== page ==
Everyone has a theory about how to recruit the best and the brightest to their company. But how can you be sure which one works best or has staying power? Well, it often depends on the size and type of company that a certain method is employed. Not all methods are created equally.
But it's always interesting to learn about new ones that look at recruiting from a different perspective. Enter Zoho. The creative minds behind the office productivity suite that helps business, small and large, stay organized and efficient in their pursuit of well, business, have taken a fresh approach to gathering the best and the brightest that the world of employment has to offer. Recently, their CEO, Sridhar Vembu was interviewed by Fox News about his interesting and seemingly effective recruitment methods.
Education isn't Everything
Instead of using educational background as a sole means of determining who to hire, Zoho thinks that educational background is over-rated and prefers to evaluate the whole person. Rather than letting a roster of students of exclusive academic institutions dictate the hiring of employees, Zoho appreciates the whole person and their experiences, those with trademark educations and those without.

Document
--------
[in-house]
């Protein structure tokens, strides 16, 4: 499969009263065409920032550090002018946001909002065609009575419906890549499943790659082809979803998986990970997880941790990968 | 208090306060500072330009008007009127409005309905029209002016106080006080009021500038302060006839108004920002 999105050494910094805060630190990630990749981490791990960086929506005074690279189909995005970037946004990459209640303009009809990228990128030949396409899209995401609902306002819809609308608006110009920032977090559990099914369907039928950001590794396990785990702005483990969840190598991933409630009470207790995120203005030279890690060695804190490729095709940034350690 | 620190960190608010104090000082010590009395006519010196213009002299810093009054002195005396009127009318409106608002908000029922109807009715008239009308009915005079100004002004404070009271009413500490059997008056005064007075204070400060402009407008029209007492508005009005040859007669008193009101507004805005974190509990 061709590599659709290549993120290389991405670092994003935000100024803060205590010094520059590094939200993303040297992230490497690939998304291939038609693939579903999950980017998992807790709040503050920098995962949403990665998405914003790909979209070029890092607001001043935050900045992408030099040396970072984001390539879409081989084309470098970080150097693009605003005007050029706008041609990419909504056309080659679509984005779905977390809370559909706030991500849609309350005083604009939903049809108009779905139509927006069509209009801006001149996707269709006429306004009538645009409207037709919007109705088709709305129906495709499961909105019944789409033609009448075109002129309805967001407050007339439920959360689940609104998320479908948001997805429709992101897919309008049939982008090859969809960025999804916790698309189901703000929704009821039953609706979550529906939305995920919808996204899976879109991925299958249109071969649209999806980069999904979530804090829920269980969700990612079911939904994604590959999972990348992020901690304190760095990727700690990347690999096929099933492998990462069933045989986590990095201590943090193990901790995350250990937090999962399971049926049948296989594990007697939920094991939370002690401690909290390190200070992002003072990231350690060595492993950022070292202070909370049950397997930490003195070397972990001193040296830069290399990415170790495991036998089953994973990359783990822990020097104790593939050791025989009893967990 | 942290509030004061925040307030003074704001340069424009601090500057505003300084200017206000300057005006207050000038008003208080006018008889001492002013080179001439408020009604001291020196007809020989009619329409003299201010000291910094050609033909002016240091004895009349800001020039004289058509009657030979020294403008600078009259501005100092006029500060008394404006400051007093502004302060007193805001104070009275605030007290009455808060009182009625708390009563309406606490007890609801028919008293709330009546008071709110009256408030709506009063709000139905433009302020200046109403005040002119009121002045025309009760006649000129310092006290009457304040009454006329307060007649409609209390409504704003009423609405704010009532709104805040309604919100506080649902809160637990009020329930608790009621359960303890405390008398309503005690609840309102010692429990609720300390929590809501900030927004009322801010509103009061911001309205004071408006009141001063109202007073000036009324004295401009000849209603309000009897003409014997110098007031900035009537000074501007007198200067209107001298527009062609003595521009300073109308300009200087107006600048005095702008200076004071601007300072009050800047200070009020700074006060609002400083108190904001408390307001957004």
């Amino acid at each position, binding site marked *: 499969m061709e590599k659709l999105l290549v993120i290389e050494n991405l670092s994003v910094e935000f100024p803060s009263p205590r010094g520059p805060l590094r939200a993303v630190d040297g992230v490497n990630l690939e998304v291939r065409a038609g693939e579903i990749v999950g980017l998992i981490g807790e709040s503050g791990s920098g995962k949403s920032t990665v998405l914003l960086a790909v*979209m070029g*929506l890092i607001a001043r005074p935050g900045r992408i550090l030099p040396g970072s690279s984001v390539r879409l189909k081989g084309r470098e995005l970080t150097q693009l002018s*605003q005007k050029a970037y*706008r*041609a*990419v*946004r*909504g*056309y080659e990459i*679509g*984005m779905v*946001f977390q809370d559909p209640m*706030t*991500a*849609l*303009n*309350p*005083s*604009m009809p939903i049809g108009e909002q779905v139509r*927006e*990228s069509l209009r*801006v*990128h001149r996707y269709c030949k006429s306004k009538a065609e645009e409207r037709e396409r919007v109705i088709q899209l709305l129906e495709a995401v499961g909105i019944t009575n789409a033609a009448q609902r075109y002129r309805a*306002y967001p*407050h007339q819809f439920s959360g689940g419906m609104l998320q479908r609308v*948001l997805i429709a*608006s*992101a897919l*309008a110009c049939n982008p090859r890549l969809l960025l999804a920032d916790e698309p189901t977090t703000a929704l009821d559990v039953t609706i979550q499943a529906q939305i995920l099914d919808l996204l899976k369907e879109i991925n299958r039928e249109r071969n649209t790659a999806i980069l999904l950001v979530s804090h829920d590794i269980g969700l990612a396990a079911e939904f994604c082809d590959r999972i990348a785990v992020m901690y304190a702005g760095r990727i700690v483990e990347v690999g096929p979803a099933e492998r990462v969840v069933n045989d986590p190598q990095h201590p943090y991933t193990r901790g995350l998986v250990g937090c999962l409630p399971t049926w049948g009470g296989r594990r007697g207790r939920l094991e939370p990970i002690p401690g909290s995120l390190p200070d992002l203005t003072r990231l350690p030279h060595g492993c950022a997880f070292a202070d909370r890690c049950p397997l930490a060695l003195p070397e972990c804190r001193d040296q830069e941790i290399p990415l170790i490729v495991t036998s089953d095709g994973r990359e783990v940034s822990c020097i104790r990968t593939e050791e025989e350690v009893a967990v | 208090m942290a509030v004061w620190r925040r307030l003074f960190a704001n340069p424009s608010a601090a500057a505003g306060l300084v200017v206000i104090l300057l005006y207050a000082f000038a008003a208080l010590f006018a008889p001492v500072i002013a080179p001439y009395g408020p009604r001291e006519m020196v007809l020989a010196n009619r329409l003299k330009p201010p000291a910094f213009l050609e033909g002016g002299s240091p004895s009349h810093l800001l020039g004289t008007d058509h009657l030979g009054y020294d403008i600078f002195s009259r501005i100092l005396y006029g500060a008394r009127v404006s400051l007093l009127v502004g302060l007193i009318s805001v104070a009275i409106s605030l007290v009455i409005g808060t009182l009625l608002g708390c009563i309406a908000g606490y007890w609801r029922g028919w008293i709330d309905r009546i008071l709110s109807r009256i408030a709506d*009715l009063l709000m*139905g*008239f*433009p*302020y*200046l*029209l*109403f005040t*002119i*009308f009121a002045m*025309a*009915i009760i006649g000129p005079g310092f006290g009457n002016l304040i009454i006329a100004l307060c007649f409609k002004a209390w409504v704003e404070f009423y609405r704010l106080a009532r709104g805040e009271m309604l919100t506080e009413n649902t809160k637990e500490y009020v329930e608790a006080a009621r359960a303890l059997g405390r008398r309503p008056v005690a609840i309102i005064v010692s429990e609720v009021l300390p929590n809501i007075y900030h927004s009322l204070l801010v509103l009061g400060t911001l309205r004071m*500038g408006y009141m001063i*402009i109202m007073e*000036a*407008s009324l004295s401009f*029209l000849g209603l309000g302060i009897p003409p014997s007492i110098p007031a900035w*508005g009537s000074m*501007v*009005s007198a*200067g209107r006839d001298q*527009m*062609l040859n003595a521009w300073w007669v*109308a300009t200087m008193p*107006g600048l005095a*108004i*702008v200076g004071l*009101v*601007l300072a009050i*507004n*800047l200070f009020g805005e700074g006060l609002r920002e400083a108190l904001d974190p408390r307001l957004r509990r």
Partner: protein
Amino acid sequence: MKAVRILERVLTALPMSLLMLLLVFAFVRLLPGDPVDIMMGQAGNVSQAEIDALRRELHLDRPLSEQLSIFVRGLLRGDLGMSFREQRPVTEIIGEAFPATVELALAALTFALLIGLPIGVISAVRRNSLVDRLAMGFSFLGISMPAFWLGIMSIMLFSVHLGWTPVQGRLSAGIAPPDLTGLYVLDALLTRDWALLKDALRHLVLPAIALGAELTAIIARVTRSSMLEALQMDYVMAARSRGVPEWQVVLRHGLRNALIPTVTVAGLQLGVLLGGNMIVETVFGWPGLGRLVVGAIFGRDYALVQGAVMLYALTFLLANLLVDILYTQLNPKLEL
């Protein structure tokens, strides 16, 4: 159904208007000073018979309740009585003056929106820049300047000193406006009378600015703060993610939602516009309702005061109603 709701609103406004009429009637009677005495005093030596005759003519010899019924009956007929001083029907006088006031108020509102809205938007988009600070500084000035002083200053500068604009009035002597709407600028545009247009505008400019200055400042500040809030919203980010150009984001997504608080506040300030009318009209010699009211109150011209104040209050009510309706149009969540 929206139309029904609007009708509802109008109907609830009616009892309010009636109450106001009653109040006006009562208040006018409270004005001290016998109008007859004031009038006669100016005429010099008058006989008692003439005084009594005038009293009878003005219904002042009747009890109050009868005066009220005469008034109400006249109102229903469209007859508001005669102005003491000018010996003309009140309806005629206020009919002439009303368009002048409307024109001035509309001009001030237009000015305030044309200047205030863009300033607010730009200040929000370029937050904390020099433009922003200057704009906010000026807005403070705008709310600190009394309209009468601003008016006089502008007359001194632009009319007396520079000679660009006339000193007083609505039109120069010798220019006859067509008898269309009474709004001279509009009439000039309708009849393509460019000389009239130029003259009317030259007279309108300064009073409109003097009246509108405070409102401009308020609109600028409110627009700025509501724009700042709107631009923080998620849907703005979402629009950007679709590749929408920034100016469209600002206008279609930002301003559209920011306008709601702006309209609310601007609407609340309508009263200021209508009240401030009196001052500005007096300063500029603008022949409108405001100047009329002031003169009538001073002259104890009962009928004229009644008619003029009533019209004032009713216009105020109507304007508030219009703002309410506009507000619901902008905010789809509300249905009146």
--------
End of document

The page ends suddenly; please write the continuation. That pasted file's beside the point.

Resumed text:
Now, regardless of your own resume of matriculation (and the various student loans you may still be paying off), it's a revolutionary philosophy to ponder. If not education, then what? Well, it's not clear what Zoho specifically looks to when hiring, but it's a combination of life experiences, gut feelings, observations and perceived work ethic. Vembu says,
At one level, the answer is very simple (”go by gut feel, i.e., use your human gift of judgment”), but at another, it is exceedingly hard. The difficulty comes from the simple observation: any formal rule-based system involving human beings is very easy to game and will be gamed.
A Willingness to Roll Up One's Sleeves
At its very essence, Zoho is looking for spunk, an eagerness to learn and advance oneself. It's not grades that matter, so much as it is a willingness to roll up your sleeves and get down to business. After a few years of observation, Zoho notices that "there simply was little or no correlation between academic performance, as measured by grades and the type of college a person attended, and their real on-the-job performance."
With such a revelation, it's understandable why a company might abandon a centuries old tradition of hiring great test-takers and head of the class prodigies and adopt their own ideology of what makes a great employee or what contributes to a great company.
As we all think about content management, as Zoho does, it's interesting to think about the limiting impact focusing on any one thing can have on a product or organization. No one is discrediting the value of an education, but when it's the only value regarded, it can be more damaging than helpful.
As Web 2.0 forced us to break down our walled gardens, recruiting in a Web 2.0 world will force us to look beyond traditional forms of education as a means to determine who will be a value asset to an organization.
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